What does this mean for Michigan criminal defendants? The majority opinion makes it clear that a criminal defendant needs an effective advocate at the trial court level. It is essential that a criminal defendant is represented by a knowledgable and aggressive criminal defense lawyer who can ascertain whether his/her client’s rights are being affected. If a situation is presented that contradicts with those constitutionally protected rights, the criminal defense lawyer must place an objection on the record to preserve the issue for a possible appeal. If the attorney fails to do that, Vaughn is simply one more case of the hundreds that illustrate the point that failure to object at the trial court level may result in forfeiture of an otherwise constitutionally protected right.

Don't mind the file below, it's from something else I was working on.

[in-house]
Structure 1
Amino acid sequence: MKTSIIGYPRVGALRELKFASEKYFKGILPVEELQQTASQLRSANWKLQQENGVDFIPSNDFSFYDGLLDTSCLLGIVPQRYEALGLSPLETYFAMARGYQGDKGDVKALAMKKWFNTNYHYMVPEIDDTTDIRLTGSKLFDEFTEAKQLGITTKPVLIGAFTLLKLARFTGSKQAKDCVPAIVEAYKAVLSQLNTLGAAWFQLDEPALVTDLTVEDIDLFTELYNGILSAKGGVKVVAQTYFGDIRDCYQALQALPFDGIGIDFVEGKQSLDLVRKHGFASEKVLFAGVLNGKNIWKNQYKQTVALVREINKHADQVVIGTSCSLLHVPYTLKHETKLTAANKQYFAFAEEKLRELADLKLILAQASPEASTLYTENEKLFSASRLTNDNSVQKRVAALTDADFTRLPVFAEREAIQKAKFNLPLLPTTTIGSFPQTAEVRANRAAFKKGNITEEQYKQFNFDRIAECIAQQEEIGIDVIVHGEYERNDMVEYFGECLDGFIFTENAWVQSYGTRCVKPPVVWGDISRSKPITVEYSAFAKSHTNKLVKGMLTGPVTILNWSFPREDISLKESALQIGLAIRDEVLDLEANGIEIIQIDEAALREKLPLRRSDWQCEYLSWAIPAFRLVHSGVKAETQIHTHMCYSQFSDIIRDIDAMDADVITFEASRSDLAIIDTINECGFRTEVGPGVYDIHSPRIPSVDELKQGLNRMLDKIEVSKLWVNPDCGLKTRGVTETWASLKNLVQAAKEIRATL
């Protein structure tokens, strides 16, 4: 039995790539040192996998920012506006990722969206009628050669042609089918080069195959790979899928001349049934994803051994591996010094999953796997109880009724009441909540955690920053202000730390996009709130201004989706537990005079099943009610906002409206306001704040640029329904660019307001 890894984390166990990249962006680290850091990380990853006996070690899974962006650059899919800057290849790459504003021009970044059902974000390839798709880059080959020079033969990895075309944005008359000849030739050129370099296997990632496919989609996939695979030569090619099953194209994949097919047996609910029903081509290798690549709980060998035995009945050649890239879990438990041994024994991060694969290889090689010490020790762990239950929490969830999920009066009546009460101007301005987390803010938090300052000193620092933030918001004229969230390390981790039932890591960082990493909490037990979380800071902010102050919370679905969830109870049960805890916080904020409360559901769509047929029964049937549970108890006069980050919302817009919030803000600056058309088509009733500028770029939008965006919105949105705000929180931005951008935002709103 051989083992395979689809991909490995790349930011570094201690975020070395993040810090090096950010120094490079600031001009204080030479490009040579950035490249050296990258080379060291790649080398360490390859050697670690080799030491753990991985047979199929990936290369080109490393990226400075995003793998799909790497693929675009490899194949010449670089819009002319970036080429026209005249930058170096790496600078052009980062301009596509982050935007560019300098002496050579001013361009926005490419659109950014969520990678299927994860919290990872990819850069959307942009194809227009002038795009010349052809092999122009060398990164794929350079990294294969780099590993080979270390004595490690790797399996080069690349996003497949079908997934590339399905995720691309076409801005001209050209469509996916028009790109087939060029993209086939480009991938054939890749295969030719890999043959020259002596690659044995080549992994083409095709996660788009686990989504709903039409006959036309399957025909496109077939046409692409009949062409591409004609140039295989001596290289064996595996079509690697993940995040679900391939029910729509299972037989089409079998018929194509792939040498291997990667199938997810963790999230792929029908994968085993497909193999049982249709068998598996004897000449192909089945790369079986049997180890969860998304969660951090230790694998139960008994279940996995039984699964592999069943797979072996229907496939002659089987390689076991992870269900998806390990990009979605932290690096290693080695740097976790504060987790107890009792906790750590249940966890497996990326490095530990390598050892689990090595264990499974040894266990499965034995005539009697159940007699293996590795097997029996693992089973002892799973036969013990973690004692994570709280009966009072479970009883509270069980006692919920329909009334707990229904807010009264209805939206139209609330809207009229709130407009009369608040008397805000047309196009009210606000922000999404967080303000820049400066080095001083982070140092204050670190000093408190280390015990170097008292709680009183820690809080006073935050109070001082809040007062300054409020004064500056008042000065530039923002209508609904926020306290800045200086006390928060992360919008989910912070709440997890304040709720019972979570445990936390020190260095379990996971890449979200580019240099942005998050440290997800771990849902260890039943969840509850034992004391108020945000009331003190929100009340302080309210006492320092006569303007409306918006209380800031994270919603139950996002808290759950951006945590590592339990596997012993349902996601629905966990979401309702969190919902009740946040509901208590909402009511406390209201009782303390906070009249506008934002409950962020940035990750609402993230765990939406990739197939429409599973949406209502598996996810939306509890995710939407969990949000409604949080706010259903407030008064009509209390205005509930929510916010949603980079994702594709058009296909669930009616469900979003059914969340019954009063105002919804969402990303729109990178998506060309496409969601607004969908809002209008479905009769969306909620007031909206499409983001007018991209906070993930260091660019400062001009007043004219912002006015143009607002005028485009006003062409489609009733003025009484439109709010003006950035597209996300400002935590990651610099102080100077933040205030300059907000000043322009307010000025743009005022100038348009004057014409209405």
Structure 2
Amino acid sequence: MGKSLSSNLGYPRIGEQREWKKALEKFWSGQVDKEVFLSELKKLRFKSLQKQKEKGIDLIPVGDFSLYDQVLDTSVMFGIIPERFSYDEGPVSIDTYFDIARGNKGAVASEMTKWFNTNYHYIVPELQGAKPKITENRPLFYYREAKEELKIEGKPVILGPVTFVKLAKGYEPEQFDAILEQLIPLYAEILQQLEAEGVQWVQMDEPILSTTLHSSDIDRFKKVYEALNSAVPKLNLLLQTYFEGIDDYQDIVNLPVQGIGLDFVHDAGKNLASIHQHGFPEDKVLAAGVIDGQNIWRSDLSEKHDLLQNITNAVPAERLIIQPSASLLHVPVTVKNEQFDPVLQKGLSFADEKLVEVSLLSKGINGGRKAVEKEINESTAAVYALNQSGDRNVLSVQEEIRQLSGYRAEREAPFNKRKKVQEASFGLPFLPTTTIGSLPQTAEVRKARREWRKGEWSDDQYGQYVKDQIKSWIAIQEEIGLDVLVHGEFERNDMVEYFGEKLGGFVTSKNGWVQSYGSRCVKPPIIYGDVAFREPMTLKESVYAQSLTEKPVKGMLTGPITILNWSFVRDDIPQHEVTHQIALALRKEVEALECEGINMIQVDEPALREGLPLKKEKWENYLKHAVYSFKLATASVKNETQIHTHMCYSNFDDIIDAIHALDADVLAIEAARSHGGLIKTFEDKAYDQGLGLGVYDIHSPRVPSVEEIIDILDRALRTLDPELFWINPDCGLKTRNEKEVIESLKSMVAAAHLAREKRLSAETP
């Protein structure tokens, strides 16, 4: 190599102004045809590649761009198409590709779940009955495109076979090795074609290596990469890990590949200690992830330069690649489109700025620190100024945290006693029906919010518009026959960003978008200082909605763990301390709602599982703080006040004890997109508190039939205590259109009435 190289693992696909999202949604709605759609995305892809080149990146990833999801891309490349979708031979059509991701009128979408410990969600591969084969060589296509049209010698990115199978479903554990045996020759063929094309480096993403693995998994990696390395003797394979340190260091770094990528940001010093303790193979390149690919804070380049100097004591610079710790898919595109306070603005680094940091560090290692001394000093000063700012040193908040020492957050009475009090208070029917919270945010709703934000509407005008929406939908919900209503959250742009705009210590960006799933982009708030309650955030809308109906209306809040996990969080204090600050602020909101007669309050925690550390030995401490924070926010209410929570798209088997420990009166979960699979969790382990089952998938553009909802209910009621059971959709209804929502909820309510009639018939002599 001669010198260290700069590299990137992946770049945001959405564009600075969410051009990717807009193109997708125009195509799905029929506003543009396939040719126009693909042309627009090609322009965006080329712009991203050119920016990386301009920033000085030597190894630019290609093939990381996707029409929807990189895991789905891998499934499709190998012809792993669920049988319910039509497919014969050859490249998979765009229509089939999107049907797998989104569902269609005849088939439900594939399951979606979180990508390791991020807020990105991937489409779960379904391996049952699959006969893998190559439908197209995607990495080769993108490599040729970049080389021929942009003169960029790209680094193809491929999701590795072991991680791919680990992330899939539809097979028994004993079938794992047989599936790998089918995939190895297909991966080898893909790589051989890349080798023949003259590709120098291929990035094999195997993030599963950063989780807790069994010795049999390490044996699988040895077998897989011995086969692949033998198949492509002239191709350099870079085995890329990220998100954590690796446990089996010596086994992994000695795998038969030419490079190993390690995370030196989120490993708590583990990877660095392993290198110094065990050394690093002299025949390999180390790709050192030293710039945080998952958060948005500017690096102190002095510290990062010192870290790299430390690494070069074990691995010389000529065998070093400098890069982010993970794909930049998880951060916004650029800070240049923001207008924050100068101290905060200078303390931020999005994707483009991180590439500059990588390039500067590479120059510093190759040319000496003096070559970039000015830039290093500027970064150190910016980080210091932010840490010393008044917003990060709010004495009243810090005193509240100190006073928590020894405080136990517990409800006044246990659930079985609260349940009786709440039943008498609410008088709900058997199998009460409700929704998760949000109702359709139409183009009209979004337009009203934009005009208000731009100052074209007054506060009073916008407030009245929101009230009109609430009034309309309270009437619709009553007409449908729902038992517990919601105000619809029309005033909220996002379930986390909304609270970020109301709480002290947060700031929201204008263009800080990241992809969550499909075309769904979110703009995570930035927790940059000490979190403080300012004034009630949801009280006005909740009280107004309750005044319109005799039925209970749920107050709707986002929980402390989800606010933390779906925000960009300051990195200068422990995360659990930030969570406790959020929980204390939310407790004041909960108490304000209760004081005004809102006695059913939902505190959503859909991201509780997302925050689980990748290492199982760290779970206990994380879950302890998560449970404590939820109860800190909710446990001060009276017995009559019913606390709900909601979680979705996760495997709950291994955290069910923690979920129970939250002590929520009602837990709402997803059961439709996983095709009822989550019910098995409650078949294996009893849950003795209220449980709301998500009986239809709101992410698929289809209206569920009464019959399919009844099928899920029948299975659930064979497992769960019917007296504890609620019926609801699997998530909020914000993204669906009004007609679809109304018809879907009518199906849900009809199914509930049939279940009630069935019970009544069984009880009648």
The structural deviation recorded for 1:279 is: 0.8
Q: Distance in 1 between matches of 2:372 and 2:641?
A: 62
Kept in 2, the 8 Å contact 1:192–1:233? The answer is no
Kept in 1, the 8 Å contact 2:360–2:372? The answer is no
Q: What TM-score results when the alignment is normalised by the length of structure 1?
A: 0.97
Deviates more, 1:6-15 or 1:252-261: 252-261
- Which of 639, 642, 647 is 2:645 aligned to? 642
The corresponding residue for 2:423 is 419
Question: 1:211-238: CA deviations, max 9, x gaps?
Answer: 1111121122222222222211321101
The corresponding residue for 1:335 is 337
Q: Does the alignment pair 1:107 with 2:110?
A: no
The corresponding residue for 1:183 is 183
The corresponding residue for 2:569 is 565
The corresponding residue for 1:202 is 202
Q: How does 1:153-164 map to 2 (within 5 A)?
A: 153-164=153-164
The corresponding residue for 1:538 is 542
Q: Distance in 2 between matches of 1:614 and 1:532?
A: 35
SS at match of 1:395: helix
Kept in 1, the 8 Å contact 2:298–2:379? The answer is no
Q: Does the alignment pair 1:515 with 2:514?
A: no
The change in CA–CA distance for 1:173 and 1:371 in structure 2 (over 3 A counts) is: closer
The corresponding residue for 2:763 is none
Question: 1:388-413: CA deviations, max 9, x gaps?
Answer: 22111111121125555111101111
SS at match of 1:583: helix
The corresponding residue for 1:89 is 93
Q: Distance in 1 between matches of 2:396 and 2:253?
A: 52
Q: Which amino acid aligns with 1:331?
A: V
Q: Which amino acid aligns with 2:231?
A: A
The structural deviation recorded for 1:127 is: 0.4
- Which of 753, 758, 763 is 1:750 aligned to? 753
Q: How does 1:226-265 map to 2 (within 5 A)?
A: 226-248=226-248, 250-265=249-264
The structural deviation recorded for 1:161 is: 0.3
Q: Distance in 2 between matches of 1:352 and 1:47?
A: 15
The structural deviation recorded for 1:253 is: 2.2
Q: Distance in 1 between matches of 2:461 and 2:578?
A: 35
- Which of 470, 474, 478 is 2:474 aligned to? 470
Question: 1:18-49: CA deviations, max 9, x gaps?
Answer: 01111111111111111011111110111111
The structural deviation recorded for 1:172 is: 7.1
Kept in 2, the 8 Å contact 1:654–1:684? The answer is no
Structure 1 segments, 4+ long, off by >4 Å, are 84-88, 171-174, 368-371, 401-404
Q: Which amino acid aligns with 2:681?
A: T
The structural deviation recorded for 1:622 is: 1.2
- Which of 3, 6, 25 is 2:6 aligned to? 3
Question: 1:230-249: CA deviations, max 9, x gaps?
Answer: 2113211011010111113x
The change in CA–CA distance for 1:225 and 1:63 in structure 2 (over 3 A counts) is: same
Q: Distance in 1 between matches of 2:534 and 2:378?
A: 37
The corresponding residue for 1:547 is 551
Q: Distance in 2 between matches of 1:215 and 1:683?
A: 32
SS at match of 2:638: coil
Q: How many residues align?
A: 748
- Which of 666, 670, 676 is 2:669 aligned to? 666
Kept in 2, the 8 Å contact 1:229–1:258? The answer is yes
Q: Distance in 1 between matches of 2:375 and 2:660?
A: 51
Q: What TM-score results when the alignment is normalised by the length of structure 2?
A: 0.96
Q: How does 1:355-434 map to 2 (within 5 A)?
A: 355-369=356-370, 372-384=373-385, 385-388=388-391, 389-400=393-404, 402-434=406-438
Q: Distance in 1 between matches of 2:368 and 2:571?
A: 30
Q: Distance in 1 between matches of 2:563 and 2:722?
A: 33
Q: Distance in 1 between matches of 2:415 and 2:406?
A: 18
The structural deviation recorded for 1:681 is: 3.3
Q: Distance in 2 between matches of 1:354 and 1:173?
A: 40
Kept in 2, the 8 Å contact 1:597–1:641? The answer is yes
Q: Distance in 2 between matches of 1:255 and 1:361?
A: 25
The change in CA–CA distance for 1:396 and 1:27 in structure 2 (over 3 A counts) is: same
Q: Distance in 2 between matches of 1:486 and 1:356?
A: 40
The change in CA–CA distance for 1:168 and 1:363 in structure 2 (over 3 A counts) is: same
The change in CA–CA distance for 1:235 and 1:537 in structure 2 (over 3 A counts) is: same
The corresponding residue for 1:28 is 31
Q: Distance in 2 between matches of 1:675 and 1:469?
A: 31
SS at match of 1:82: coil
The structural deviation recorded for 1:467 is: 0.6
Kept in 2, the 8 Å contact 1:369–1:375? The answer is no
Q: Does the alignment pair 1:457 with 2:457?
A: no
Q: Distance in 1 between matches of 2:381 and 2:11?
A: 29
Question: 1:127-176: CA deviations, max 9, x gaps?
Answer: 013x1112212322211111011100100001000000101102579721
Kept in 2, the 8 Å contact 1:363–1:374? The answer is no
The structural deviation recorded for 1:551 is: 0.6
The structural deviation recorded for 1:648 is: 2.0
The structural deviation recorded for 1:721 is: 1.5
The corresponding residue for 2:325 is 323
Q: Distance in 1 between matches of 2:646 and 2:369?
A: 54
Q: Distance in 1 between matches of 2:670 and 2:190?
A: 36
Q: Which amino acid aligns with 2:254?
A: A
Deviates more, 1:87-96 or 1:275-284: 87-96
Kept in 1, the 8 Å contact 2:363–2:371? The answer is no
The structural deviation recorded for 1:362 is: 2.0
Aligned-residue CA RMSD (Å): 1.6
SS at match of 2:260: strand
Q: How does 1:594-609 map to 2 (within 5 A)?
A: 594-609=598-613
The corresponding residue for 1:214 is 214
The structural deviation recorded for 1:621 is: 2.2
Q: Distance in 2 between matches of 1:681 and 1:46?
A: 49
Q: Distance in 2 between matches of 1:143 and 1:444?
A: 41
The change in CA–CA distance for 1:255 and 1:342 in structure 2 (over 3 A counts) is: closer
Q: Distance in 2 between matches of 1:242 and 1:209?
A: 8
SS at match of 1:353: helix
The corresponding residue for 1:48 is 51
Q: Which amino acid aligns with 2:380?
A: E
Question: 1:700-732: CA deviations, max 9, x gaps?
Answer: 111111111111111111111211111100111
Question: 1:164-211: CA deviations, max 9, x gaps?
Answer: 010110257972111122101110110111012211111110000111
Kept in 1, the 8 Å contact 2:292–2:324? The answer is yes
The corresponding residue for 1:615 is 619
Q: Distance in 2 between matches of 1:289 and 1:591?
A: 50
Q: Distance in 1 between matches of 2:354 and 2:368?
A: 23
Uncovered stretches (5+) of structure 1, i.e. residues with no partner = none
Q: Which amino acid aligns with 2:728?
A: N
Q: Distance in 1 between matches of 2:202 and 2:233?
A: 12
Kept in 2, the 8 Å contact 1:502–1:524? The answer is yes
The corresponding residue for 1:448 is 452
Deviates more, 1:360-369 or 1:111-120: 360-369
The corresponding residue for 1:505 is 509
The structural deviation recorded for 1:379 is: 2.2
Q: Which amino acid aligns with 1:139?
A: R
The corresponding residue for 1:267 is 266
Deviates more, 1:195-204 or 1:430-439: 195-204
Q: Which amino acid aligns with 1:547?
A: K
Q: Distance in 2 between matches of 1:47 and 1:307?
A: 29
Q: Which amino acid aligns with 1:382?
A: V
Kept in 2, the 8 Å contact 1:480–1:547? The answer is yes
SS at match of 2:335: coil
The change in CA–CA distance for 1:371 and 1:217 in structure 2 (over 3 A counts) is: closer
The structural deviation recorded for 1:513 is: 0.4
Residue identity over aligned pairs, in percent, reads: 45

A link to the full text of the opinion can be found here.

If you are charged with a crime in Michigan, contact Attorney Nick Leydorf for a free initial phone consultation by calling (517) 388-6800.

Judge Loses it During Divorce Proceeding

West Virginia Judge tells husband during divorce proceeding to “shut up” during a divorce hearing. Some of the audio is distorted due to the Judge yelling into the microphone.

Categories: Attorney/Lawyer

Numerous Procedural Issues Discovered in Michigan State Police Crime Labs

July 6, 2012 1 comment